Kid Rock shows musical chops at fair gig
August 2, 2011
If someone said I could be any rock star I wanted, I would probably take Sammy Hagar. After attending Wednesday’s Kid Rock concert at the California Mid-State Fair, I may have to reconsider.
The Kidster, born Robert James Ritchie, put on a powerhouse 110-minute performance in front of over 10,000 hard-partying fans in the Main Grandstand Chumash Arena, his first appearance ever on the Central Coast.
The suburban Detroit native has come a long way since his early 1990s start as scrawny, trailer-trash rapping singer/ DJ. But there is probably no other artist who crosses and melds as many pop music genres as Kid Rock: Hip hop, roots and southern rock, acoustic ballads — he’s got it all covered.
And the show reflected this artistic evolution as Rock went from old “lassics like “Cowboy” to “Lowlife” and his newest good-time anthem, “God Bless Saturday,” both from his latest release “Born Free.”
A new trend with live performers is mixing verses from popular songs into their original numbers. Rock somehow managed to include “Midnight Rider,” “Cat Scratch Fever,” “Keep Your Hands to Yourself” and even Tupac’s “California Love” in various song renditions during the show.
Not only did Rock pay homage to these musical influences but he seamlessly transitioned from country-infused ballads to guitar-driven party rock. How many entertainers can play a reflective piano ballad like “Lonely Road of Faith” then charge into a raunchy, hard-rocking “So Hott” and pull it off?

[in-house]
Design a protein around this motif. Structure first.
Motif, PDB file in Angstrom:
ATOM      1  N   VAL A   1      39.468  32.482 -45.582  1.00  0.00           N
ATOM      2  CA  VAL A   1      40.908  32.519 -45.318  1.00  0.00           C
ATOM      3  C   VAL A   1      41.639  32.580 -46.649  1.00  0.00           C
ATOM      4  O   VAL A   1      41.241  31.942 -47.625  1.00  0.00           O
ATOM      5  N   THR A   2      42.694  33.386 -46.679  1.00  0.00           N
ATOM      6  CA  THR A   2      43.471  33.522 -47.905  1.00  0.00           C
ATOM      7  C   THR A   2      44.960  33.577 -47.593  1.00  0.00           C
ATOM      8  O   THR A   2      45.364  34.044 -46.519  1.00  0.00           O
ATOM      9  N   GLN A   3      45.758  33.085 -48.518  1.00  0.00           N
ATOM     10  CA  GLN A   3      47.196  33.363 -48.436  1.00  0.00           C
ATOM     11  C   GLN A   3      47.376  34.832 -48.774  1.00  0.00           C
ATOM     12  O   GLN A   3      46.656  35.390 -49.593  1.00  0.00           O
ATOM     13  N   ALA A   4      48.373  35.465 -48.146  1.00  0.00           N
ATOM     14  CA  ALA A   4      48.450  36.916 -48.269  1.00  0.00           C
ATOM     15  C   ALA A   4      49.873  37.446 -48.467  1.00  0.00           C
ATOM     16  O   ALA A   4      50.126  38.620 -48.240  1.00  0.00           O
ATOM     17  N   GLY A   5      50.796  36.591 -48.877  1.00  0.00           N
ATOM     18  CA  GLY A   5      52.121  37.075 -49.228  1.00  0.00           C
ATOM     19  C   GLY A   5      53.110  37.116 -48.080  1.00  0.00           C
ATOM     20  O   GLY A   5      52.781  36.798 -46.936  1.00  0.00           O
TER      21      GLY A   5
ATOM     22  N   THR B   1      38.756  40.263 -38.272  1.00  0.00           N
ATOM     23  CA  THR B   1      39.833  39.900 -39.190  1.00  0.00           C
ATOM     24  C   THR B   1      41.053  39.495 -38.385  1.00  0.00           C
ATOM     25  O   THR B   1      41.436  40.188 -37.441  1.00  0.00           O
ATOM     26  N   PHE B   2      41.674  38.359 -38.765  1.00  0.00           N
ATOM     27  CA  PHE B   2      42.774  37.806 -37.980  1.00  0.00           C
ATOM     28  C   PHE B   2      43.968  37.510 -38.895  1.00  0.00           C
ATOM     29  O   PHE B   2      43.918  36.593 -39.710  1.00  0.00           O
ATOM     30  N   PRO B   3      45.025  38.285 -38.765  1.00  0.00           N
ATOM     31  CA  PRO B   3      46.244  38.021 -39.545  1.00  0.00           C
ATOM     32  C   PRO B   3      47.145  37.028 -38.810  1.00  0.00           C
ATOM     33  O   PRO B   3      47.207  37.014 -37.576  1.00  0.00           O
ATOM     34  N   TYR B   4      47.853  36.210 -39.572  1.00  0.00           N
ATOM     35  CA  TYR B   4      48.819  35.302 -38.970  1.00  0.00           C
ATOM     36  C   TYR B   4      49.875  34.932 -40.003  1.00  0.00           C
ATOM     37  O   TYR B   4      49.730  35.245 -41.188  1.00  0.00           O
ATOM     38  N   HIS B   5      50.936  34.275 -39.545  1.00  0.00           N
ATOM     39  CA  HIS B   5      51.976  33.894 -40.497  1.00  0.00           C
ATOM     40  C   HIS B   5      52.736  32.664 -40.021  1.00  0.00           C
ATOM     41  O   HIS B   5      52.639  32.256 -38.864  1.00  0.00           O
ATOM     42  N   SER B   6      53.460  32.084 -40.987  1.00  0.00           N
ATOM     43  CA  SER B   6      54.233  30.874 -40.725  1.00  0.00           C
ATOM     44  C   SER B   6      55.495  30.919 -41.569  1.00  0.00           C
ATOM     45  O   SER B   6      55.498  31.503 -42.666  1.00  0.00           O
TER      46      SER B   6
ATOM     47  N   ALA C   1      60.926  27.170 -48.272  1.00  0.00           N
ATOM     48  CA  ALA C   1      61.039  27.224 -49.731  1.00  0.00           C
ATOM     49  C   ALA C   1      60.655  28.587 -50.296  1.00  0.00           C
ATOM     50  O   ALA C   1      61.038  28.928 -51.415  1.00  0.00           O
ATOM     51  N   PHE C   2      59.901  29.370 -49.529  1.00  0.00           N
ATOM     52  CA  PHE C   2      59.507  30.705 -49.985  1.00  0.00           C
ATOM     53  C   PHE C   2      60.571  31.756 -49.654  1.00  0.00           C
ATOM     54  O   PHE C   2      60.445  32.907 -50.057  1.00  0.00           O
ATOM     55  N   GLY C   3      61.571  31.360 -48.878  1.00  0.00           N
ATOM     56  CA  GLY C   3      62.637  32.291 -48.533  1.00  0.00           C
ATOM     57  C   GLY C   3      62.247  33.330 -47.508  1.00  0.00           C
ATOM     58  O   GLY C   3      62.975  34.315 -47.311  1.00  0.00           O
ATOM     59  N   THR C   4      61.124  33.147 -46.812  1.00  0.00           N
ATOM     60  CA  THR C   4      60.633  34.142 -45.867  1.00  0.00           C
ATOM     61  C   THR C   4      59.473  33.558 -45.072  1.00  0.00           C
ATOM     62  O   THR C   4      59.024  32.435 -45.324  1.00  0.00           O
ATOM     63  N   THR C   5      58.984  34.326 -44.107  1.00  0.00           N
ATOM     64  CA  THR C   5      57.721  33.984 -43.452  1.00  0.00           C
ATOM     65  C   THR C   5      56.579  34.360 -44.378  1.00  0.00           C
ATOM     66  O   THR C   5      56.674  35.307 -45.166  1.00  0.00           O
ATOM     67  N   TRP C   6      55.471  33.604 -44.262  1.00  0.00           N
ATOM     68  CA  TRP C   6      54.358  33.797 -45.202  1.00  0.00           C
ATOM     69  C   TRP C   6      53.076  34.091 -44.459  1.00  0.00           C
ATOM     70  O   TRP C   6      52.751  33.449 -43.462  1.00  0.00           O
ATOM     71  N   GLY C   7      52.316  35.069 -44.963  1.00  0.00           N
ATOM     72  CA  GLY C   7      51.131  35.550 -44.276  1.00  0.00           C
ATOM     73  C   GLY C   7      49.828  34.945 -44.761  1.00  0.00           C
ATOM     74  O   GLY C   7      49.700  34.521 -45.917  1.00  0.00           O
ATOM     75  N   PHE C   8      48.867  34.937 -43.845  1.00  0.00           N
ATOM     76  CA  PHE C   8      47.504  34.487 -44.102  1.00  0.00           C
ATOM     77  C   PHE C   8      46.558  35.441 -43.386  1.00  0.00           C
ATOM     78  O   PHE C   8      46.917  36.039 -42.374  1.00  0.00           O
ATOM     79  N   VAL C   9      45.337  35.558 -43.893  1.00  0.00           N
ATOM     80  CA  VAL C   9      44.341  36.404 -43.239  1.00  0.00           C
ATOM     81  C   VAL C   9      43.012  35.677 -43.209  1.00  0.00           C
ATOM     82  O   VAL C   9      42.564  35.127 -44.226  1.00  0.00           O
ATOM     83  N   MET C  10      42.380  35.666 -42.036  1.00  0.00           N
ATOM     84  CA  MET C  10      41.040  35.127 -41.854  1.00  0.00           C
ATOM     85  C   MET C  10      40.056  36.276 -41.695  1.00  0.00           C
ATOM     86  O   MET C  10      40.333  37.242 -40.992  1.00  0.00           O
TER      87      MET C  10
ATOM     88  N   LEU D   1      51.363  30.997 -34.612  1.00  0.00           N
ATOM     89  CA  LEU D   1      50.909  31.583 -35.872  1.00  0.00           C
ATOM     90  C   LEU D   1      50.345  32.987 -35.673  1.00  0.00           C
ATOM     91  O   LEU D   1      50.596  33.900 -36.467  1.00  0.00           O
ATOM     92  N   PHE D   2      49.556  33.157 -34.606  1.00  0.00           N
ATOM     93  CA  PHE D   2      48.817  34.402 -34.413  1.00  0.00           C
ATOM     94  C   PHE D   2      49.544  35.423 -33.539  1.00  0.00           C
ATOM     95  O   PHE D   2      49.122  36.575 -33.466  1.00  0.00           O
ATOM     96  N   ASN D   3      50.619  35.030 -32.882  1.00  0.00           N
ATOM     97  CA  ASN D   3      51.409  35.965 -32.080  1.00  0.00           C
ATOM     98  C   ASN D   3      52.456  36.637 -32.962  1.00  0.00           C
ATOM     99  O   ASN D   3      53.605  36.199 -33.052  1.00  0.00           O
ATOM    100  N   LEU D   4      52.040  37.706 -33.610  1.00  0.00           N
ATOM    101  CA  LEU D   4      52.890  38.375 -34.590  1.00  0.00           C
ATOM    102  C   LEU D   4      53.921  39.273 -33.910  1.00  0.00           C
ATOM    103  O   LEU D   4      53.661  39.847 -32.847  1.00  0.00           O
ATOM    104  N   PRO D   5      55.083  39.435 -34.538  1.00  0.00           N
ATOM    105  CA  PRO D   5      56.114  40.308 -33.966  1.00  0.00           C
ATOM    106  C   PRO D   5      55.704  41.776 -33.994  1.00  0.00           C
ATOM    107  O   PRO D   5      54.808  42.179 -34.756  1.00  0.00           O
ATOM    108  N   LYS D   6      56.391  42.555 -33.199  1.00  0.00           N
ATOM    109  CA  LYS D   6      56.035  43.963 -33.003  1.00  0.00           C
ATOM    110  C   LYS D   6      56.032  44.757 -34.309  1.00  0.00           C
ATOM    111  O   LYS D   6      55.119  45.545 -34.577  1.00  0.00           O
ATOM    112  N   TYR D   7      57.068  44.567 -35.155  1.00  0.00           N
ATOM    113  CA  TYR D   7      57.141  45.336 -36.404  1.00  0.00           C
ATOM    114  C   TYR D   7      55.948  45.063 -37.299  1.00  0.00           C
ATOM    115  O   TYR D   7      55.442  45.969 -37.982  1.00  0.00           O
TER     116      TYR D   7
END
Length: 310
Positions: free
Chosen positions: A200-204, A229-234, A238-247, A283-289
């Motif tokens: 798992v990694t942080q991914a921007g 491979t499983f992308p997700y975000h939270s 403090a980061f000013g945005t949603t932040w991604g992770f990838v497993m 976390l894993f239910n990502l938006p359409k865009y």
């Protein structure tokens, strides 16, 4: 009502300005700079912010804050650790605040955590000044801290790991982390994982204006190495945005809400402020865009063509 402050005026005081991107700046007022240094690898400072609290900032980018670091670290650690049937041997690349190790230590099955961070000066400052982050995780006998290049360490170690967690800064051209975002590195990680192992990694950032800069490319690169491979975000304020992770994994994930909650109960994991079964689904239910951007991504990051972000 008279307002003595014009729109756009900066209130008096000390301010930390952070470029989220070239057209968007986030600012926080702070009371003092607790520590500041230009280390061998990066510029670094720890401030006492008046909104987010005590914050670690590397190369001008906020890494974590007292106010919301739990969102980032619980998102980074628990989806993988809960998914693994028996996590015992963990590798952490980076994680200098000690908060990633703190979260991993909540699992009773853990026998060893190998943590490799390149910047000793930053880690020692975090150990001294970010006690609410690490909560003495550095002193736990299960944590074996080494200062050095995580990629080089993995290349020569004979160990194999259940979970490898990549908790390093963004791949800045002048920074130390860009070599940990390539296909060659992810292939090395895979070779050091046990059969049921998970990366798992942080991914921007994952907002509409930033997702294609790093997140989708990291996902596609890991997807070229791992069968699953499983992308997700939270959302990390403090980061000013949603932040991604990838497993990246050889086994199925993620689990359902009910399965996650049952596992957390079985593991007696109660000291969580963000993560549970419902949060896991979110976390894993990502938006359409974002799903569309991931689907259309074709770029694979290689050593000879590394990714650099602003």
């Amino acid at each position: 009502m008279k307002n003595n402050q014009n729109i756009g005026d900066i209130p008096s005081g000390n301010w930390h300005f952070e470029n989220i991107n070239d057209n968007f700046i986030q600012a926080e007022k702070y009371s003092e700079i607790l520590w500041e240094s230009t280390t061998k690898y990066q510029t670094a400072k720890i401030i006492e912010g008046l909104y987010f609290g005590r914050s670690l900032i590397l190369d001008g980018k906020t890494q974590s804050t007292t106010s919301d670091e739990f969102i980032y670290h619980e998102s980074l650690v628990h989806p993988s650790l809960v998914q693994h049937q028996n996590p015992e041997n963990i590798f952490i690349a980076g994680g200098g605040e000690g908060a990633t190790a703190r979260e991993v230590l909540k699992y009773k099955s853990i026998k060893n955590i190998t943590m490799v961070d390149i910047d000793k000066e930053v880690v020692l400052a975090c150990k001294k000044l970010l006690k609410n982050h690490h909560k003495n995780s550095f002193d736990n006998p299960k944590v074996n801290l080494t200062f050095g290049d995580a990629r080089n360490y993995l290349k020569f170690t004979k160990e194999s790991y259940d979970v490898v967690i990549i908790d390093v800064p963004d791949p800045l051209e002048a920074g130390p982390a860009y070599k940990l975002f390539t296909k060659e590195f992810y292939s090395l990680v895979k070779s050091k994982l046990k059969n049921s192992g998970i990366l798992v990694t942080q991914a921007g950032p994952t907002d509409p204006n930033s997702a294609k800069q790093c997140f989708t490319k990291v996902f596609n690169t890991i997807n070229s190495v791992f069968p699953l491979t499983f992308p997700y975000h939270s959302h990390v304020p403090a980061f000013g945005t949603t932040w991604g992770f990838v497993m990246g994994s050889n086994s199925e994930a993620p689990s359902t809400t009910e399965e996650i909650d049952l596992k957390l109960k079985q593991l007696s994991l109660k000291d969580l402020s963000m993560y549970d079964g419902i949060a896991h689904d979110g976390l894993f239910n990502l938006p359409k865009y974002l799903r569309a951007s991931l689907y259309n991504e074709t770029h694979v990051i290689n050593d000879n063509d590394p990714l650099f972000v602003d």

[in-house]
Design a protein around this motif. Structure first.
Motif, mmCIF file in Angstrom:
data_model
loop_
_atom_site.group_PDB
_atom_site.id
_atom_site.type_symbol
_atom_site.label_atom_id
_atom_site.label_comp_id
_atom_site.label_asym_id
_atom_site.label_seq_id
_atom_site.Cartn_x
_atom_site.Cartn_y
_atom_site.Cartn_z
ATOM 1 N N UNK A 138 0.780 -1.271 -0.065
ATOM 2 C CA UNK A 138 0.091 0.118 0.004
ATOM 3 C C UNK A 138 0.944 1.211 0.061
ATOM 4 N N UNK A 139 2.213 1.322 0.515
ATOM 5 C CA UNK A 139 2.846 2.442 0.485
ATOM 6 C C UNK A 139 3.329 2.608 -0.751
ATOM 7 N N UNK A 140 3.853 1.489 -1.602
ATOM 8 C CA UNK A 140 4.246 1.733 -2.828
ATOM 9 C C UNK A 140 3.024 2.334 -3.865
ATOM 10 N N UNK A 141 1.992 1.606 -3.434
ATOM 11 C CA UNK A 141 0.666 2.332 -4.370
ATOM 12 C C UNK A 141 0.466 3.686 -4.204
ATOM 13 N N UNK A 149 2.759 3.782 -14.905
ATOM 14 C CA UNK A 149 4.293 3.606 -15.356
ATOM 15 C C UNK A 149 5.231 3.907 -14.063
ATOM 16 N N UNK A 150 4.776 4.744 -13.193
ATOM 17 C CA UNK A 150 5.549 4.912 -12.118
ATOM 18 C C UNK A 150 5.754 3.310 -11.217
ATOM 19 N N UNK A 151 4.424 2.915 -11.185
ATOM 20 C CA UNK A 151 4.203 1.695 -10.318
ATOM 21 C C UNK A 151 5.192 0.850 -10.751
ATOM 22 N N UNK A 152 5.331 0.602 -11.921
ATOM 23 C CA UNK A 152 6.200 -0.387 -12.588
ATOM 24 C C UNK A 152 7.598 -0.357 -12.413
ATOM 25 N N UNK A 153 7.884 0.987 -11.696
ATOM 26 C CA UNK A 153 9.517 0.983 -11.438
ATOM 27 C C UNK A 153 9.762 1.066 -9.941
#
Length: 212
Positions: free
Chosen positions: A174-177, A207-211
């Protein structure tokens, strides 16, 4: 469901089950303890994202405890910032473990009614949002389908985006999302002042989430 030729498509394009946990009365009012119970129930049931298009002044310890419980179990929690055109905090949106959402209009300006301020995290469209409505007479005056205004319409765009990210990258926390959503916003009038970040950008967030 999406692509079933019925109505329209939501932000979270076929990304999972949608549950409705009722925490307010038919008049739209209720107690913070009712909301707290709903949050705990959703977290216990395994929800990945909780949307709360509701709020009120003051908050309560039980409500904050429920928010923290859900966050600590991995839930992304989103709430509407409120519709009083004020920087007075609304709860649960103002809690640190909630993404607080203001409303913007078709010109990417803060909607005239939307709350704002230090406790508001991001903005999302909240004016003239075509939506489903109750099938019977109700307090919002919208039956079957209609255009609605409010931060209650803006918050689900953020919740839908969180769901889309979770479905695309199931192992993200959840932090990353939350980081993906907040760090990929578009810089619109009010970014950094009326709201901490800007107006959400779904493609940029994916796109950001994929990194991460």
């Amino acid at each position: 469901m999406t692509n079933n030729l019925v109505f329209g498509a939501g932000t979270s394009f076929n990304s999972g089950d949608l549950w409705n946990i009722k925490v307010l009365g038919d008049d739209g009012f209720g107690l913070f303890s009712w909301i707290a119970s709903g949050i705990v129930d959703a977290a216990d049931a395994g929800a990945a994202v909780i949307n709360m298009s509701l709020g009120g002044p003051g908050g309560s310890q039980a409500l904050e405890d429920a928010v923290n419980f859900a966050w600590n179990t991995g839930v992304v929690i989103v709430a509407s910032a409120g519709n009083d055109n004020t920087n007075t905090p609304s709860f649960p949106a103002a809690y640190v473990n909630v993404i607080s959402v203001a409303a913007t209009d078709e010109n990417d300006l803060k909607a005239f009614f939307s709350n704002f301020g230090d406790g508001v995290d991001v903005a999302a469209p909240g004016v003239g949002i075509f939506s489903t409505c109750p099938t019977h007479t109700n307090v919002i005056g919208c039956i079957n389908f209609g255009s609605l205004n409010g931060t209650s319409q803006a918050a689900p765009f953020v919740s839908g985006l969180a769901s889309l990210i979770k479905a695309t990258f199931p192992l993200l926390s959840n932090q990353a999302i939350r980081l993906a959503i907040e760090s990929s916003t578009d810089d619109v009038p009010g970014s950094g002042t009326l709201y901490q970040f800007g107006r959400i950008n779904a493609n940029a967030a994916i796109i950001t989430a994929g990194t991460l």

One moment Rock is showing sincere appreciation for the hard-working middle class, the next minute he’s flaunting his reputation as the American bad ass. But none of it seemed contrived or phony. The 40-year old is obviously a complex artist who can’t be easily stereotyped or categorized. That would explain his humorous a capella version of an unrecorded new song “F*&^%* Forty,” on which he laments a recent birthday milestone.
Still, he should maybe change his name to Kid Chameleon as he ably demonstrated his musical versatility making the rounds on stage to the piano, drum set and even strapping the guitar on a few times. The stage was also nicely arranged, featuring saloon doors, a huge longhorn and bald eagle, stripper poles, a DJ turntable, a Jim Beam mirror/sign and other trinkets.
Plus it didn’t hurt to have the Twisted Brown Trucker Band, a very underrated group whose solid musician-ship allows Rock to do his thang.
Rock also maximized the three large video screens showing a chronololgy of his life and career. He even poked fun at himself while singing his big hit “Picture” when the screen cackled with Beavis and Butthead mocking him for being Soft Rock instead of Kid Rock. The crowd, fully-baked at this point, laughed and cheered at the ruse.
The night culminated with a three-song encore of “All Summer Long,” “Purple Sky” and the title track from 2011’s “Born Free” as a huge American flag cascaded over the back of the stage.
A perfect fit for the outdoor, country-rock party vibe that is the Mid-State Fair, Kid Rock promised to come back soon and do it again. Let’s hope he’s a man of his word.